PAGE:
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Val123's avatar

When you read, do you read one word at a time, or do you actually read two and three words at the same time?

Asked by Val123 (12679points) February 17th, 2010

Is that even possible? It feels like I read two and three words at a time…or maybe I’m just skipping over all of the smaller words. Like, above, where it says “Fill in the specifics of your question” all I really see are “Fill specifics question,” and even that’s just kind of a blur. I don’t know how to ‘splain it.

I do know that sometimes I’ll be reading along and all of a sudden a word will jump out of a sentence that doesn’t make sense…doesn’t belong there. Didn’t take me long to realize I was picking up a word from the sentence below it and accidentally stuck it in the wrong place!

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22 Answers

syz's avatar

When I was in middle school and high school, I would take classes at the local community college during the summer (mostly because my mom didn’t want me around the house, I think). In about 7th grade, I took a speed reading course. We were tested on our reading speed and comprehension at the beginning of the course and then again at the end. Our grade was a combination of absolute speed (and comprehension) and improvement at the end of the course. I had a B at the beginning of the course. Because I spent so much of my time reading (while hiding from my mom), I found that I had instinctively developed many of the techniques that were taught during the class. While I do not do the looping “scan pattern” that was taught, I do drop (or infer) most of the supporting words in sentences. Novels usually take me 2 to 3 hours to read, depending on the complexity of the plot (lots and lots of characters or subplots require that I slow down and pay more attention), non fiction works take longer since I must focus on new ideas and vocabulary. An unfortunate result of the way that I read is that I do not sound out new words to myself, so I have larger written vocabulary that I do a verbal one – I’ve never figured out how to pronounce many words.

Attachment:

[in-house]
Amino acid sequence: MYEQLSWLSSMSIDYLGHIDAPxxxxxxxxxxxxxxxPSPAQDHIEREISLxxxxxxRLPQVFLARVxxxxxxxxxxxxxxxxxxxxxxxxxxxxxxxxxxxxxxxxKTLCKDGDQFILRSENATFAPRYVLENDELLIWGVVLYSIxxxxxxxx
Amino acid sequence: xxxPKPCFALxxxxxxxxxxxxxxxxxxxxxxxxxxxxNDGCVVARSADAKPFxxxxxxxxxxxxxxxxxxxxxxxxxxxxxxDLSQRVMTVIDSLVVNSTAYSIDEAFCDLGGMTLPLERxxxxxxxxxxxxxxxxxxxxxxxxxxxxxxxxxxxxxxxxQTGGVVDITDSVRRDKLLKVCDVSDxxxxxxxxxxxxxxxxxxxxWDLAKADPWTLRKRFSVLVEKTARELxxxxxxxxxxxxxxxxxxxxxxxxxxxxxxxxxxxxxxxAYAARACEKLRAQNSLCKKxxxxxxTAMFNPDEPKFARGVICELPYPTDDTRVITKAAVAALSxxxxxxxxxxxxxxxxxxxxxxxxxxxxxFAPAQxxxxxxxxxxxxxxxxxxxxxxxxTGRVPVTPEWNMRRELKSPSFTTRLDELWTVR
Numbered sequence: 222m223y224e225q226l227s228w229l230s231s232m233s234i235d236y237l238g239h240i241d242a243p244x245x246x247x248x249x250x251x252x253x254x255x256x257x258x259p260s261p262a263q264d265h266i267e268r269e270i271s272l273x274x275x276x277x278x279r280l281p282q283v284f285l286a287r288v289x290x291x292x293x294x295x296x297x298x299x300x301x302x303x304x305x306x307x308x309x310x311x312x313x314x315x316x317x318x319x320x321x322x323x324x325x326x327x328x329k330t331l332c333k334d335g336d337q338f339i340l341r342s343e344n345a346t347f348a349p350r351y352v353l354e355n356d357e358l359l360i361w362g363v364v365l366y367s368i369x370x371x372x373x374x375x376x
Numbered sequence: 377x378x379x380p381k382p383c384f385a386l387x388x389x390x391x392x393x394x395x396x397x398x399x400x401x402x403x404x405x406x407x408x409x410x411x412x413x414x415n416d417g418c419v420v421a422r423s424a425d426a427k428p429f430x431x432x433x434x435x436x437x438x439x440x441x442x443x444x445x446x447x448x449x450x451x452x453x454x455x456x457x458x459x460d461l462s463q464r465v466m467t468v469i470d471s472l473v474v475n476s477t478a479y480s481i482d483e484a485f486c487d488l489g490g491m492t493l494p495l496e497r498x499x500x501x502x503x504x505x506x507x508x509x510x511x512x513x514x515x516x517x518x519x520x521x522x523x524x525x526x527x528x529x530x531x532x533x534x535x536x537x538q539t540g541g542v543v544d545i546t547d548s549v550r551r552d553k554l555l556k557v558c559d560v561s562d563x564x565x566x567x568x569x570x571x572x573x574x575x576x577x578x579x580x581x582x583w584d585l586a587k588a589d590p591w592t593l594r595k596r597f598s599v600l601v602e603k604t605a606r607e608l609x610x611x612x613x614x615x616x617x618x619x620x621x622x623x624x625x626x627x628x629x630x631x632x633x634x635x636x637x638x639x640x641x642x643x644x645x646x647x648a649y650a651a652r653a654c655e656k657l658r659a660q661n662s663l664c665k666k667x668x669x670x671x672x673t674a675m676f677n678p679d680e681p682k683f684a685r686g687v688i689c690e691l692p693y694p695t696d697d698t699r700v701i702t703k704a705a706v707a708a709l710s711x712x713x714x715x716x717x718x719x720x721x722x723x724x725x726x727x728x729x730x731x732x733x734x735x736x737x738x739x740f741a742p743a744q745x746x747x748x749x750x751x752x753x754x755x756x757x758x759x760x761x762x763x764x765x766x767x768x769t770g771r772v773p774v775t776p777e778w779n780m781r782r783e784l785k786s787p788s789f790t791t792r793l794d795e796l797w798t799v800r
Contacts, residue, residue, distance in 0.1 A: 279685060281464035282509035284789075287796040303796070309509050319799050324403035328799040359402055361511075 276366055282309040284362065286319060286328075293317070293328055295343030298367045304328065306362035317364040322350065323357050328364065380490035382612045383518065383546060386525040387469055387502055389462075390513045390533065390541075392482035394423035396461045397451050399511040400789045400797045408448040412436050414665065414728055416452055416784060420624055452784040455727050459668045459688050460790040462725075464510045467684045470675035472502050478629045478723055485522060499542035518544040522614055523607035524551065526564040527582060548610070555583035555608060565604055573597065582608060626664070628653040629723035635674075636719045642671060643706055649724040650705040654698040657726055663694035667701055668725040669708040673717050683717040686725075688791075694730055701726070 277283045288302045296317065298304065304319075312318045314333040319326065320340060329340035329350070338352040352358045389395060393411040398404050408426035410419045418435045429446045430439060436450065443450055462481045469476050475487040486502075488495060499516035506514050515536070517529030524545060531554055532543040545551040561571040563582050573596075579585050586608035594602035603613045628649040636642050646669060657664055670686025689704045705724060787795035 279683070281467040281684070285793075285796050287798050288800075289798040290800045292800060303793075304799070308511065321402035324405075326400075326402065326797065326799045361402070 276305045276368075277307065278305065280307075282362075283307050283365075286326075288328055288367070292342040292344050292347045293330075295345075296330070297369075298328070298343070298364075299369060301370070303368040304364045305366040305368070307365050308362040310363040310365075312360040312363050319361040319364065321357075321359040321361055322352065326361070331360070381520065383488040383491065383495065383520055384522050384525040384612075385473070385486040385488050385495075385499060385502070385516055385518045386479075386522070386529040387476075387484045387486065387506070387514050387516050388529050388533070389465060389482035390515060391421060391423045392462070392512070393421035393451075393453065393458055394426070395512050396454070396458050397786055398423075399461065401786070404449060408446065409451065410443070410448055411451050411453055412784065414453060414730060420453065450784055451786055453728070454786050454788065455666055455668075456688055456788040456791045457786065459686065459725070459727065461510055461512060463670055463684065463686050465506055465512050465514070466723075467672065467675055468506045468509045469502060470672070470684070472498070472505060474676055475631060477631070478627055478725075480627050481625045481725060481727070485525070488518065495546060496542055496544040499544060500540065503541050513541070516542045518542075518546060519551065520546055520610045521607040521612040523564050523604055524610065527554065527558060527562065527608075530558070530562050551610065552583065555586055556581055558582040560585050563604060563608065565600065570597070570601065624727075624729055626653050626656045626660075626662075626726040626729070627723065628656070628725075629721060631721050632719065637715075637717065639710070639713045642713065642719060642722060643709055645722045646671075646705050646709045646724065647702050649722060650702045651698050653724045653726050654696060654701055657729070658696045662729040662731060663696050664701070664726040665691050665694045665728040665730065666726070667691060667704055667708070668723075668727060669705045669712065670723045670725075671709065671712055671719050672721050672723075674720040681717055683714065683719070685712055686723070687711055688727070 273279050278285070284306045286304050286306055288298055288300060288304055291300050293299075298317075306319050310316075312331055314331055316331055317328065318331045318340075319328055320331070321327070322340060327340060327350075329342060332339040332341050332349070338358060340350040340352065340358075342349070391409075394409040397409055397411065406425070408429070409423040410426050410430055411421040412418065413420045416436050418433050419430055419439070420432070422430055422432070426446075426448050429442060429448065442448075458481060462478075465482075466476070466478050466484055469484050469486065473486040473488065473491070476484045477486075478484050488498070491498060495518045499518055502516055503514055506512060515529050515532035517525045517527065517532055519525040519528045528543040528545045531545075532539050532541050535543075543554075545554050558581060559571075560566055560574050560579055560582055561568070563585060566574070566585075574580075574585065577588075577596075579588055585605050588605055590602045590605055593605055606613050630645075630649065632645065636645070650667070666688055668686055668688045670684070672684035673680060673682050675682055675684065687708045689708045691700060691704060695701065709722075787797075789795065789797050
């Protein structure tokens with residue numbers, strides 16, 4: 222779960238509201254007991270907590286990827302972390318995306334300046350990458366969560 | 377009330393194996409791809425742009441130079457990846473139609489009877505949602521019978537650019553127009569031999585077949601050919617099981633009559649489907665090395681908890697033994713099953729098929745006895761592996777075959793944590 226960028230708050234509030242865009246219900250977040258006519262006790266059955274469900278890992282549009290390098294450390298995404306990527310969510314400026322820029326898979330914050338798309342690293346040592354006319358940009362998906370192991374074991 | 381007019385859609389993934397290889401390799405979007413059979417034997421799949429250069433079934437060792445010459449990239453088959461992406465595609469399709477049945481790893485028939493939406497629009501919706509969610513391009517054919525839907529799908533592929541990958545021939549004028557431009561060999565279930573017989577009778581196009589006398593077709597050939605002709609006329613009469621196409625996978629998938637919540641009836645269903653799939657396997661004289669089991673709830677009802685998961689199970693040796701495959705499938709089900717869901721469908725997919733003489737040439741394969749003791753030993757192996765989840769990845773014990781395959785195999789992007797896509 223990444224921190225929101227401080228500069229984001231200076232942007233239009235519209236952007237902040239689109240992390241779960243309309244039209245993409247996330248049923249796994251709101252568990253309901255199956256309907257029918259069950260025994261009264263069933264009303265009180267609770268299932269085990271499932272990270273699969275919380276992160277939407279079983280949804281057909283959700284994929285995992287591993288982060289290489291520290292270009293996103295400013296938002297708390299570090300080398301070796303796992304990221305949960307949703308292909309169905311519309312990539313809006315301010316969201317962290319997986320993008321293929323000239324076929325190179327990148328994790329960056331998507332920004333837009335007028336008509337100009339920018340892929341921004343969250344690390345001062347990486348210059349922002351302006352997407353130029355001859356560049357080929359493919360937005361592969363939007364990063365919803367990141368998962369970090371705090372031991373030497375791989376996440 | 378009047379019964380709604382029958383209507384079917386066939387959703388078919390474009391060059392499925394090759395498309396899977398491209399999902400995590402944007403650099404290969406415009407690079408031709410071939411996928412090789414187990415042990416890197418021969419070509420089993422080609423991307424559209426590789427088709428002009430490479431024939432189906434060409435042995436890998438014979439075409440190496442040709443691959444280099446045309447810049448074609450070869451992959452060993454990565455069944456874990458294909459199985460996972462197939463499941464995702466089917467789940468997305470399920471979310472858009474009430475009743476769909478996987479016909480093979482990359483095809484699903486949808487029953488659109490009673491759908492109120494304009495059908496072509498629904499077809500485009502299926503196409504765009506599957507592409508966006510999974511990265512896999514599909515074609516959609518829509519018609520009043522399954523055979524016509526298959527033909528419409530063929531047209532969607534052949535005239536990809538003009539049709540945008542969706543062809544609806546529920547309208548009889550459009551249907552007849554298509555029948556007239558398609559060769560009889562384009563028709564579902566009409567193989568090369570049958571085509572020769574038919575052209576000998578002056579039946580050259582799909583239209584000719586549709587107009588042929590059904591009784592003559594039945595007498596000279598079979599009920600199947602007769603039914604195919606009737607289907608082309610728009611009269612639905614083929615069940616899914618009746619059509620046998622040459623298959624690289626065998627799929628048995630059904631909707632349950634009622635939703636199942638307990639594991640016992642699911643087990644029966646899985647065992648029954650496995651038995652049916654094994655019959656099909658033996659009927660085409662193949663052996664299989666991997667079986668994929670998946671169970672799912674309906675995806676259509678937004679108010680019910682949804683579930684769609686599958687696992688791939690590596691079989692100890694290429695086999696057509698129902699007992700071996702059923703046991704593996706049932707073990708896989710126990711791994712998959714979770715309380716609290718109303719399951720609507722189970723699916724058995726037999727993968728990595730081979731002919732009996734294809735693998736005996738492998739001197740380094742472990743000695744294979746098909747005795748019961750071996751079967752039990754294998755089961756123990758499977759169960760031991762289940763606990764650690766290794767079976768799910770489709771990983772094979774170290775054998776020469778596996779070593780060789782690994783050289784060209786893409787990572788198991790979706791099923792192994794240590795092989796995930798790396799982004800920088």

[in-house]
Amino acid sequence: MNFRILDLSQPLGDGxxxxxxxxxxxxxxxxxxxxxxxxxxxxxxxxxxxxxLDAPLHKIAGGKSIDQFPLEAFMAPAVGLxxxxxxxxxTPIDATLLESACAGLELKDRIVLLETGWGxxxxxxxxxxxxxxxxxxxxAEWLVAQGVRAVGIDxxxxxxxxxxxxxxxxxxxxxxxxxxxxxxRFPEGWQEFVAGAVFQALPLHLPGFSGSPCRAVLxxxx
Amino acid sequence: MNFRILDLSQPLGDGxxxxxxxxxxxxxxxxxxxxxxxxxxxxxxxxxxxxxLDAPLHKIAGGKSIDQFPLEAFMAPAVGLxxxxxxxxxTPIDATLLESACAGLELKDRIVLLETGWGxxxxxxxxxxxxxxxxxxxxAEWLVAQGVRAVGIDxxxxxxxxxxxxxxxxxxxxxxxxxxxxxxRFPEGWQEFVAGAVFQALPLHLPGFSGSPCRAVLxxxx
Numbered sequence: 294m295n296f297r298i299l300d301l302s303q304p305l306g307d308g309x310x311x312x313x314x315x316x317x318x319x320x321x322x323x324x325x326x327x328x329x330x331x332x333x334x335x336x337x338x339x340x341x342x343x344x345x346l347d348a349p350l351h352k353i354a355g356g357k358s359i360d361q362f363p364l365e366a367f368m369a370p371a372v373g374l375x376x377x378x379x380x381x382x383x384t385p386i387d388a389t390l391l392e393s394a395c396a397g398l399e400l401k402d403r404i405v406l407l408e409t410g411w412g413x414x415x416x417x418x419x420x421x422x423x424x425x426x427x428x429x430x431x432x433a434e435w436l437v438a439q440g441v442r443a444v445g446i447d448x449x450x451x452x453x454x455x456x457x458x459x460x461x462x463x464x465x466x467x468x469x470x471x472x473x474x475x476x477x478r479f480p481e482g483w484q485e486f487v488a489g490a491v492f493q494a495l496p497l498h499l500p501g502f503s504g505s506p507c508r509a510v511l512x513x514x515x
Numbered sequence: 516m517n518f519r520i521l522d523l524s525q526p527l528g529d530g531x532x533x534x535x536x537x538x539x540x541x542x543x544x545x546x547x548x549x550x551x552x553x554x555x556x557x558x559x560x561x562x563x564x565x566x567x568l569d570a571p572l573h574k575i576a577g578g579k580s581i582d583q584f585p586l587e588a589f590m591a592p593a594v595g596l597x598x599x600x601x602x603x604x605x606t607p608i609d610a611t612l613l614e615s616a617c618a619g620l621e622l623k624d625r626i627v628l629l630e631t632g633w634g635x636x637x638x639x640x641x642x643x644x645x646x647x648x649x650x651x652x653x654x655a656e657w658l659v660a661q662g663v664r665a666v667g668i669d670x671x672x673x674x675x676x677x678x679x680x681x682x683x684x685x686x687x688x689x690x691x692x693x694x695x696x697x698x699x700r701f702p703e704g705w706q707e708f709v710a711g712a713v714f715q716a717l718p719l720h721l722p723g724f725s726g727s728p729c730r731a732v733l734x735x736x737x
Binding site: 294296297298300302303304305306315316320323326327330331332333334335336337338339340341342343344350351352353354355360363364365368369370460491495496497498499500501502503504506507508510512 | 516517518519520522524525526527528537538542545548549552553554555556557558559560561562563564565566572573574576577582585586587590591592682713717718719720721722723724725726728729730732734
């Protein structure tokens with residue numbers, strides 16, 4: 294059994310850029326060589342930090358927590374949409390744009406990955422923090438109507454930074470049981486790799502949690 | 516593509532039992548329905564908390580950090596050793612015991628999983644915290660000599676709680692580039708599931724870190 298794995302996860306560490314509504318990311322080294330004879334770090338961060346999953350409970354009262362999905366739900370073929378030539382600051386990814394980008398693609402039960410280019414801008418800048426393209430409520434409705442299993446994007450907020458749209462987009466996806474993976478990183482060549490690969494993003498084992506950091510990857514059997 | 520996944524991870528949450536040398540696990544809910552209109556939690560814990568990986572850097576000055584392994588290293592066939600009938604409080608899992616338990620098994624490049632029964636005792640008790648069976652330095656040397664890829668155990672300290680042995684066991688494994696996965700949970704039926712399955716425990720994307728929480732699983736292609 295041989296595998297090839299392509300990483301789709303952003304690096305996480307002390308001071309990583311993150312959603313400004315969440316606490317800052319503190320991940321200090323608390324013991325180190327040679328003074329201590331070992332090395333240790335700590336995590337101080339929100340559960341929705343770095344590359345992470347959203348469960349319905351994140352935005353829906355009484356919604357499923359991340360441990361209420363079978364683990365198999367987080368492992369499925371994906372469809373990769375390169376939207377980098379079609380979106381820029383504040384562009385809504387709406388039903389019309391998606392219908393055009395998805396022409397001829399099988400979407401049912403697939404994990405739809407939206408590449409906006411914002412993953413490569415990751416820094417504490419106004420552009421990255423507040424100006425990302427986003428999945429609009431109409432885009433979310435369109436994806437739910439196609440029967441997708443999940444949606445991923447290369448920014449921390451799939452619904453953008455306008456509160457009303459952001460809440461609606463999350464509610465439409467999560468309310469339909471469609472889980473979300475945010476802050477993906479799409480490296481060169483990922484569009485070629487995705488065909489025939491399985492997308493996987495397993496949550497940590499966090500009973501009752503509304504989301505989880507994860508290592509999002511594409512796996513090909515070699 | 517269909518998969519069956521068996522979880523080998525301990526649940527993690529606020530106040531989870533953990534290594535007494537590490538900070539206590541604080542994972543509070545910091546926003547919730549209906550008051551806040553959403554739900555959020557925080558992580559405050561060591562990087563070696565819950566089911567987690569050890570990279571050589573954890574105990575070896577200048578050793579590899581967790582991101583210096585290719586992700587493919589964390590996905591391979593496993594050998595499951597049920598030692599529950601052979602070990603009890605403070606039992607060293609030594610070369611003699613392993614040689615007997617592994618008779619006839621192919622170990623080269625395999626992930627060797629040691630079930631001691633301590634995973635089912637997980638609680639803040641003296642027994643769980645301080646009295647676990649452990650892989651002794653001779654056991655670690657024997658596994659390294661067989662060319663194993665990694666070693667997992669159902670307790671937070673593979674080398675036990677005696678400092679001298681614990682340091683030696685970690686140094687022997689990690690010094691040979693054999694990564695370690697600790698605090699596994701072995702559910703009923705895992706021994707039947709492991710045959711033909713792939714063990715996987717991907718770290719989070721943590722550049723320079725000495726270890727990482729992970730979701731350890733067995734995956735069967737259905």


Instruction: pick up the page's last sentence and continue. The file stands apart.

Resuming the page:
(By the way, the adult level biology course when I was 15 and the film that the instructor showed of natural childbirth was the cementing of my opinion that I would never have children. There were some things that I was just not prepared for at that age.)

wundayatta's avatar

Yes. Here’s a paper about it. It’s part of a strategy to read that involves jumping around, identifying key sections and then going back to read more closely.

Others think that reading in groups is implausible, although they don’t offer any evidence to support their theory. In an article entitled Encoding multiple words simultaneously in reading is implausible, Erik D. Reichle, Simon P. Liversedge, Alexander Pollatsek and Keith Rayner say: